Garment sector as the most vulnerable to impacts of downturn
On the surface, those garment workers who were not laid off as a result of the economic downturn should be considered lucky. But new data from an ILOled survey shows that even those who kept their jobs were not left unscathed – many have had their salaries significantly reduced and now struggle to cover basic living costs. The study, which assessed 1200 employed and 800 unemployed Phnom Penh-based garment workers, seeks to better understand the hardships workers are facing as a result of the economic slowdown, as well as their coping mechanisms and job-seeking strategies when they are retrenched.
Preliminary information was gathered between September and December 2009, and follow up interviews will be conducted at three- and six-month intervals. A full study will be completed during the third quarter of 2010.
The results of the preliminary survey show that employed workers face a range of new hardships, most importantly reduced income in 2009 compared to 2008. Workers now feel they do not have enough money to cover remittances and basic needs such as food, healthcare, and transport. Some employed workers who were retrenched and have since found new jobs are working under less favourable conditions. Many surveyed have sought assistance from trade unions to deal with challenges such as asking for leave and late wage payments.
Most unemployed workers surveyed lost their jobs during factory closures or cutbacks due to reduced orders. One in ten unemployed workers were retrenched two or more times in 2009. While a small percentage of those retrenched have since found new jobs, at the time of the survey, the majority were still looking for work.
The survey also found that laid off workers most commonly look for jobs in other garment factories, although only one in three succeed in finding work. Those who look for work outside the garment sector typically look to the service sector for work as salespeople, tailors, food vendors or tuk-tuk drivers. Very few enrol in training programs, even though many would like to. The families of some workers – both employed and unemployed – have sent additional family members to find work to help cope with reductions in income, mostly female siblings between 16-28 years of age. Significantly, three quarters of unemployed workers said they would return to their home villages if they could not find work within six weeks.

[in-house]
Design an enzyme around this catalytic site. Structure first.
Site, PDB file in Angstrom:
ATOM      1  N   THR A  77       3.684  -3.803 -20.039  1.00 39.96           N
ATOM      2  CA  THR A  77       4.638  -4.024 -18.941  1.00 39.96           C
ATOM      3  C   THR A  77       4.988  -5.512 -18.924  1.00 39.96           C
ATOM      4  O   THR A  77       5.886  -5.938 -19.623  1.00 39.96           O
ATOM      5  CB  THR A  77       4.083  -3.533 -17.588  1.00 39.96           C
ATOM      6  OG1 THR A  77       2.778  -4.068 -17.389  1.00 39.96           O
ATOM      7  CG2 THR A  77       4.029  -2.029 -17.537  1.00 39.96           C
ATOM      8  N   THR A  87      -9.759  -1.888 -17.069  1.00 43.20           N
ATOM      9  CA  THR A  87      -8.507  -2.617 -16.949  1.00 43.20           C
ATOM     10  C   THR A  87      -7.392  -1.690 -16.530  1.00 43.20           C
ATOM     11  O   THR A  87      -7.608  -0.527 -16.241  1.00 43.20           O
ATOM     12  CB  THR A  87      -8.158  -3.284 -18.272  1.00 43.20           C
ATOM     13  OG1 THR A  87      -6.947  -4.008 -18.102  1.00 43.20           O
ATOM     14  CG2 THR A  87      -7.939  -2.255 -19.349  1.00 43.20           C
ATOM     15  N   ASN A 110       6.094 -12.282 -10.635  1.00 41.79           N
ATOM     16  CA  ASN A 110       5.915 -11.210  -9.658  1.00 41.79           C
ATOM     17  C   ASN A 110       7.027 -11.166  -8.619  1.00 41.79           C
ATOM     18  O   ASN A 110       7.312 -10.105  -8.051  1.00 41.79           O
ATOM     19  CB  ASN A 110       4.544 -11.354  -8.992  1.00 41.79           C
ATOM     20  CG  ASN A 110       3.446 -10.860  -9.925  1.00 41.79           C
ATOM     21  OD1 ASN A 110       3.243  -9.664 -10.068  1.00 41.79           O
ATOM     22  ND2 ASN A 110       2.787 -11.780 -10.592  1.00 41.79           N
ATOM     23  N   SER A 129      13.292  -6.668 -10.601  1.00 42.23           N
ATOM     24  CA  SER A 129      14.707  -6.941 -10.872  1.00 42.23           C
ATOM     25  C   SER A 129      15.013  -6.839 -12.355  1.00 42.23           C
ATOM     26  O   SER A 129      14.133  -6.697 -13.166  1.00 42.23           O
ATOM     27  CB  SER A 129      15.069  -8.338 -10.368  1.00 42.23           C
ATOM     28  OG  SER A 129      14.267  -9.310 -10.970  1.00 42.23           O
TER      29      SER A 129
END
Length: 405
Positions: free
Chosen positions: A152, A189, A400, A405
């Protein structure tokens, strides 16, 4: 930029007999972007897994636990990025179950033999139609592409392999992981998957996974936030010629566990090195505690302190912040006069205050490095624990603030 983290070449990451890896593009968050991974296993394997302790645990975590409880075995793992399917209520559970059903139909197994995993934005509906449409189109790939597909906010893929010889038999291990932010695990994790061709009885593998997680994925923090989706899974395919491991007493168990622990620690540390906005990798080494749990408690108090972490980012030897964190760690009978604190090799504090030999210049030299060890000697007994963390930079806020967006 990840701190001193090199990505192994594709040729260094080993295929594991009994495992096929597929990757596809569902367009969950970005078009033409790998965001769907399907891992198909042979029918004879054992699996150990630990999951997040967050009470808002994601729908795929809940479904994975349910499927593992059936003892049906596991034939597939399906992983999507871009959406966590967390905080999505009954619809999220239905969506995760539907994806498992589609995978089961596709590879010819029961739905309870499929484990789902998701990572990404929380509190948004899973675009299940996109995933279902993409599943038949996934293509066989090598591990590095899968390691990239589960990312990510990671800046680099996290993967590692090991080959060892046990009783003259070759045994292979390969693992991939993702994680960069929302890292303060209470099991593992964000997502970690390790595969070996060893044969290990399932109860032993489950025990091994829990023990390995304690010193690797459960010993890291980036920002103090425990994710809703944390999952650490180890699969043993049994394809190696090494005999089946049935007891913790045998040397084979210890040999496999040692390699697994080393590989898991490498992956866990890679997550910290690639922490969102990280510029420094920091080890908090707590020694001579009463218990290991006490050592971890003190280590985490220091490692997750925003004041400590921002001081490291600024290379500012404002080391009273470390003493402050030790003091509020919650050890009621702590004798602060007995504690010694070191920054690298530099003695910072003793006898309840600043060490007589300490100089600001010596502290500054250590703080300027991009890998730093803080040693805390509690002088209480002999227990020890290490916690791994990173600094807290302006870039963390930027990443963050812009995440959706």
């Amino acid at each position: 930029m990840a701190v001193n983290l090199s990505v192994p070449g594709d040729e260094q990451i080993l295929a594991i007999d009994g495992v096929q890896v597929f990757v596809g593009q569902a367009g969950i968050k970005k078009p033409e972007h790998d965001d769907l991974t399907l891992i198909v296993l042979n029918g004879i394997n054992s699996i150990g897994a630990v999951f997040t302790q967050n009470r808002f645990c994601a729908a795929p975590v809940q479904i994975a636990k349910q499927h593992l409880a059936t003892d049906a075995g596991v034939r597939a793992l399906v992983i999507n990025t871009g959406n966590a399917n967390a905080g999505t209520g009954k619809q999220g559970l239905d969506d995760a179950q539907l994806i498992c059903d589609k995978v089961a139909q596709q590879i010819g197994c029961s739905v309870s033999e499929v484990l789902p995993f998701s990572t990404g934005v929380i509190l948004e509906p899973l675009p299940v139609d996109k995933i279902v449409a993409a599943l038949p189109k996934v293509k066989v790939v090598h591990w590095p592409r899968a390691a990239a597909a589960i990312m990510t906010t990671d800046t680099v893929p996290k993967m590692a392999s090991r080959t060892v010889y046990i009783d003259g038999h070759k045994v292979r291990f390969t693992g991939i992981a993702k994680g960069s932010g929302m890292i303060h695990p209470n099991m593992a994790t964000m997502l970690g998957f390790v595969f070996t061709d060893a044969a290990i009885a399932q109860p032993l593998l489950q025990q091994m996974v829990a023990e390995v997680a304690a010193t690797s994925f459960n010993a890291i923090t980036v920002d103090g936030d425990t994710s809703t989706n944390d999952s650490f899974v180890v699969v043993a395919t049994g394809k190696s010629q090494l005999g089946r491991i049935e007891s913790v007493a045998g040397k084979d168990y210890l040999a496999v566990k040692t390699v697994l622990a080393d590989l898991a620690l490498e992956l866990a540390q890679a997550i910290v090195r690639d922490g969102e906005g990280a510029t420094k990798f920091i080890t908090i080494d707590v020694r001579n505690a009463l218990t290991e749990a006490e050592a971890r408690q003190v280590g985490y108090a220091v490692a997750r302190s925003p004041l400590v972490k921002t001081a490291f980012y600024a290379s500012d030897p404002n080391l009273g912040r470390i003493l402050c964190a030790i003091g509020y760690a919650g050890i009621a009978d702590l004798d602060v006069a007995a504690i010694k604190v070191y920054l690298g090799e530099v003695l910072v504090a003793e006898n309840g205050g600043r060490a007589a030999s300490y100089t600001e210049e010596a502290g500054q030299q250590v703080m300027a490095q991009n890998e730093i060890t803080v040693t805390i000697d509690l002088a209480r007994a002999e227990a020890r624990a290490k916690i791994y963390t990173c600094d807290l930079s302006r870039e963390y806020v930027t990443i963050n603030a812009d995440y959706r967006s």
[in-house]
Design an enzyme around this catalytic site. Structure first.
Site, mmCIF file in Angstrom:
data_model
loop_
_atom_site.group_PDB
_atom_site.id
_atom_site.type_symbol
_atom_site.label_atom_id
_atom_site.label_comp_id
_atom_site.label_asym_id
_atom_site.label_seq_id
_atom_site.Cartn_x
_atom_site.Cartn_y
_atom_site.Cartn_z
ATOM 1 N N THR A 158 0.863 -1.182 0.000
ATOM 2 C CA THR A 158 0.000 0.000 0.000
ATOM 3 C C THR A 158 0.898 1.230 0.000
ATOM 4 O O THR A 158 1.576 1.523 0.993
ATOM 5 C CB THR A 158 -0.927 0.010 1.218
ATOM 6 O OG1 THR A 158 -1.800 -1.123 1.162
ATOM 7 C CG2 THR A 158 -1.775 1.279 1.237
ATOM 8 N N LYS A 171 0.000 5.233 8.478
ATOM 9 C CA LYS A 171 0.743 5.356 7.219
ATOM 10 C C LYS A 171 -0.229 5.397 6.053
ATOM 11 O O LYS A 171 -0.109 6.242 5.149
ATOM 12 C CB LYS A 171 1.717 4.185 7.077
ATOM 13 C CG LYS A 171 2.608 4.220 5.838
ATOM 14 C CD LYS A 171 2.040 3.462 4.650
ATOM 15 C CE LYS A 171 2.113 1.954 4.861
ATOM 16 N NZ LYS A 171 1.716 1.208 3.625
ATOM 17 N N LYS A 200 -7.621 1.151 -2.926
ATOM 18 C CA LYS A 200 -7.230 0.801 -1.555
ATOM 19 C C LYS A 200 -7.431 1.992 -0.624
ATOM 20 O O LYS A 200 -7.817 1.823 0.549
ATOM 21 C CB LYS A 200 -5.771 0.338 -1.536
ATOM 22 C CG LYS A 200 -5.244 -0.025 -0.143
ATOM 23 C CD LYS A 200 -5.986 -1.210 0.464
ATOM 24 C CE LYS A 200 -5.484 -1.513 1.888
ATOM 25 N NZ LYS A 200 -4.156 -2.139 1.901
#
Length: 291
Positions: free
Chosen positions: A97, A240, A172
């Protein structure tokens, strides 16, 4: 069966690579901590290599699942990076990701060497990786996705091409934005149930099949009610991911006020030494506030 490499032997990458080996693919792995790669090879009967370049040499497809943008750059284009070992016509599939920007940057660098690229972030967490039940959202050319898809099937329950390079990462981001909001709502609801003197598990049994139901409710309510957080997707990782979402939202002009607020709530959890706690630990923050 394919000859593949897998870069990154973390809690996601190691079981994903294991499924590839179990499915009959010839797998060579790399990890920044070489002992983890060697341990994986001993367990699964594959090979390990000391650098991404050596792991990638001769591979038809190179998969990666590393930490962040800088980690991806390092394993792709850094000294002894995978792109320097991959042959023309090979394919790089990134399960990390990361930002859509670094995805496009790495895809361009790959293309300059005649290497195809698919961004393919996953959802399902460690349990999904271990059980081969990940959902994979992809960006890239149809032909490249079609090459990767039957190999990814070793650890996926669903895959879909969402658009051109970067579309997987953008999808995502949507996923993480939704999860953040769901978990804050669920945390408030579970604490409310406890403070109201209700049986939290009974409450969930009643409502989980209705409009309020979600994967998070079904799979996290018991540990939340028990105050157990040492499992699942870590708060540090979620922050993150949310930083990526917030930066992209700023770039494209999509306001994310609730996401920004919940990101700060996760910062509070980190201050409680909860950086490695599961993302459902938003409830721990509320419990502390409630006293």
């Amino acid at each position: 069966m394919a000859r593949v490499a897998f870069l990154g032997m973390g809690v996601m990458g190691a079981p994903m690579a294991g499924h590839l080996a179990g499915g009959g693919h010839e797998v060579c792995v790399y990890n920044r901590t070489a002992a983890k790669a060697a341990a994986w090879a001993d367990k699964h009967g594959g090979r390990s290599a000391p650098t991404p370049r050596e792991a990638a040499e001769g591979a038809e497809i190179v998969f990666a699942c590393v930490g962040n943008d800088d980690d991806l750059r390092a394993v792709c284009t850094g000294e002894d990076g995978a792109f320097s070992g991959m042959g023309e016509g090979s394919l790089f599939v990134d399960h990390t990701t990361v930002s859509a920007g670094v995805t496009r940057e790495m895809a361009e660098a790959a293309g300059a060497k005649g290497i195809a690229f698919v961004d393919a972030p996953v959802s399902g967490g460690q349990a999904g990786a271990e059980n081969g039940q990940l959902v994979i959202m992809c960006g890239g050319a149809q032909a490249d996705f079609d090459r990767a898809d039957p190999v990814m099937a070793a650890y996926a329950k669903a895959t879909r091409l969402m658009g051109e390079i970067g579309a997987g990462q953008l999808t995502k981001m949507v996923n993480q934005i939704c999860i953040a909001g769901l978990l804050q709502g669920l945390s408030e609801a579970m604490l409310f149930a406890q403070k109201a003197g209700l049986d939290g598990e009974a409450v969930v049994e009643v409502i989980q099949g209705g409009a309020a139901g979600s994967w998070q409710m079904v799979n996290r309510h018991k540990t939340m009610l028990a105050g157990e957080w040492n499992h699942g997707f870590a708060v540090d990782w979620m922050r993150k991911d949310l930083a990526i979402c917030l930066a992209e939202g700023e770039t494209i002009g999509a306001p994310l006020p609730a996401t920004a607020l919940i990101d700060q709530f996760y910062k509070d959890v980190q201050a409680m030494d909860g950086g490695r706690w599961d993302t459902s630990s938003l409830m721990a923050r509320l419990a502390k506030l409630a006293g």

The results of the benchmarking survey already have proven useful, according to Tuomo Poutiainen, Chief Technical Advisor at ILO Better Factories Cambodia. “The information we are gathering through the survey has been helpful in identifying action that can be taken by a range of stakeholders to help struggling workers, strengthen the garment sector, and better prepare the country to deal with future economic setbacks.”
Based on the results of this study and other crisis-related research, ILO is proposing a number of recommendations involving action on the part of government, employers, trade unions, and development partners. Employment policies for promoting productive employment, to enhance social protection, and to work with employers to improve compliance with the labour law are called for. ILO also suggests increased consultation between employers and trade unions during layoffs and closures. Development partners are urged to financially and technically support re-training programs, support social programs for workers, and to help unions provide practical advice and assistance to their members during this difficult time.
The study was commissioned by the International Labour Organization (ILO) with UNDP support and conducted by The Cambodia Institute of Development Study (CIDS).
A Research Snapshot highlights some of the findings gleaned through the worker interviews conducted for the benchmarking survey. The Research Snapshot as well as the full version of the Benchmarking Survey Report are available on the Better Factories Cambodia website.
Better Factories Cambodia